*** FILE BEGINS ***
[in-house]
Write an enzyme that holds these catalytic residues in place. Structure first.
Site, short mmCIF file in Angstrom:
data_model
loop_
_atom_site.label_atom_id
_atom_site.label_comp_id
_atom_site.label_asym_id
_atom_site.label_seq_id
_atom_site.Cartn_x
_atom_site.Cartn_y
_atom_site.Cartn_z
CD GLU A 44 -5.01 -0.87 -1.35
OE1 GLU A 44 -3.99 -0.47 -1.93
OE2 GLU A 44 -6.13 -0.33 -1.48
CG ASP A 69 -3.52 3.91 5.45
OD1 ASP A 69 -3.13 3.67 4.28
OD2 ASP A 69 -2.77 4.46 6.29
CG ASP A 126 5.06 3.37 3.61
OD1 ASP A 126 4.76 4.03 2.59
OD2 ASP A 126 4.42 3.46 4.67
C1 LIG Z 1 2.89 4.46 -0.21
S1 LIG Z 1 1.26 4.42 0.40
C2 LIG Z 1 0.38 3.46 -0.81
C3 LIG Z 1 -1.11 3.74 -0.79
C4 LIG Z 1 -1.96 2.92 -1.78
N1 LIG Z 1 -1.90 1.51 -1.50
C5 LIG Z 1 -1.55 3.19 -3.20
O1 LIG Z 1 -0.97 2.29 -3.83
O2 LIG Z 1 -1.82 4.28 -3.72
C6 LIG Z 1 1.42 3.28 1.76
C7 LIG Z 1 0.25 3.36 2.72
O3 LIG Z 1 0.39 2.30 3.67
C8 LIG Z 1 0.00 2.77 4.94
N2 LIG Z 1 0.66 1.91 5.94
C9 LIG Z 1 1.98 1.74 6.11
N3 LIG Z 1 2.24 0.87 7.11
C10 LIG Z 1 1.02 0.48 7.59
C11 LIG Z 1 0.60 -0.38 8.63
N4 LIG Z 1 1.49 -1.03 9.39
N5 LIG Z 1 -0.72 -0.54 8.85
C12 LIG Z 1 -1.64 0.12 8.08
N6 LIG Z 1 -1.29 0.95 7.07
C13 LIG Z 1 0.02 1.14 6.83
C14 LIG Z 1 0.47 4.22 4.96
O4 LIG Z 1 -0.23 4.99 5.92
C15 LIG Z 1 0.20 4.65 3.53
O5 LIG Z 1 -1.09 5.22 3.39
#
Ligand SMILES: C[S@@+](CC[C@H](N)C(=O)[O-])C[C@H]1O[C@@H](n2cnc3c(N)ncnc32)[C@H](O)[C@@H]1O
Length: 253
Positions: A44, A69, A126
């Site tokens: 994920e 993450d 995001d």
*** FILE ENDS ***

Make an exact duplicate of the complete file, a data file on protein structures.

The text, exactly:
[in-house]
Write an enzyme that holds these catalytic residues in place. Structure first.
Site, short mmCIF file in Angstrom:
data_model
loop_
_atom_site.label_atom_id
_atom_site.label_comp_id
_atom_site.label_asym_id
_atom_site.label_seq_id
_atom_site.Cartn_x
_atom_site.Cartn_y
_atom_site.Cartn_z
CD GLU A 44 -5.01 -0.87 -1.35
OE1 GLU A 44 -3.99 -0.47 -1.93
OE2 GLU A 44 -6.13 -0.33 -1.48
CG ASP A 69 -3.52 3.91 5.45
OD1 ASP A 69 -3.13 3.67 4.28
OD2 ASP A 69 -2.77 4.46 6.29
CG ASP A 126 5.06 3.37 3.61
OD1 ASP A 126 4.76 4.03 2.59
OD2 ASP A 126 4.42 3.46 4.67
C1 LIG Z 1 2.89 4.46 -0.21
S1 LIG Z 1 1.26 4.42 0.40
C2 LIG Z 1 0.38 3.46 -0.81
C3 LIG Z 1 -1.11 3.74 -0.79
C4 LIG Z 1 -1.96 2.92 -1.78
N1 LIG Z 1 -1.90 1.51 -1.50
C5 LIG Z 1 -1.55 3.19 -3.20
O1 LIG Z 1 -0.97 2.29 -3.83
O2 LIG Z 1 -1.82 4.28 -3.72
C6 LIG Z 1 1.42 3.28 1.76
C7 LIG Z 1 0.25 3.36 2.72
O3 LIG Z 1 0.39 2.30 3.67
C8 LIG Z 1 0.00 2.77 4.94
N2 LIG Z 1 0.66 1.91 5.94
C9 LIG Z 1 1.98 1.74 6.11
N3 LIG Z 1 2.24 0.87 7.11
C10 LIG Z 1 1.02 0.48 7.59
C11 LIG Z 1 0.60 -0.38 8.63
N4 LIG Z 1 1.49 -1.03 9.39
N5 LIG Z 1 -0.72 -0.54 8.85
C12 LIG Z 1 -1.64 0.12 8.08
N6 LIG Z 1 -1.29 0.95 7.07
C13 LIG Z 1 0.02 1.14 6.83
C14 LIG Z 1 0.47 4.22 4.96
O4 LIG Z 1 -0.23 4.99 5.92
C15 LIG Z 1 0.20 4.65 3.53
O5 LIG Z 1 -1.09 5.22 3.39
#
Ligand SMILES: C[S@@+](CC[C@H](N)C(=O)[O-])C[C@H]1O[C@@H](n2cnc3c(N)ncnc32)[C@H](O)[C@@H]1O
Length: 253
Positions: A44, A69, A126
């Site tokens: 994920e 993450d 995001d």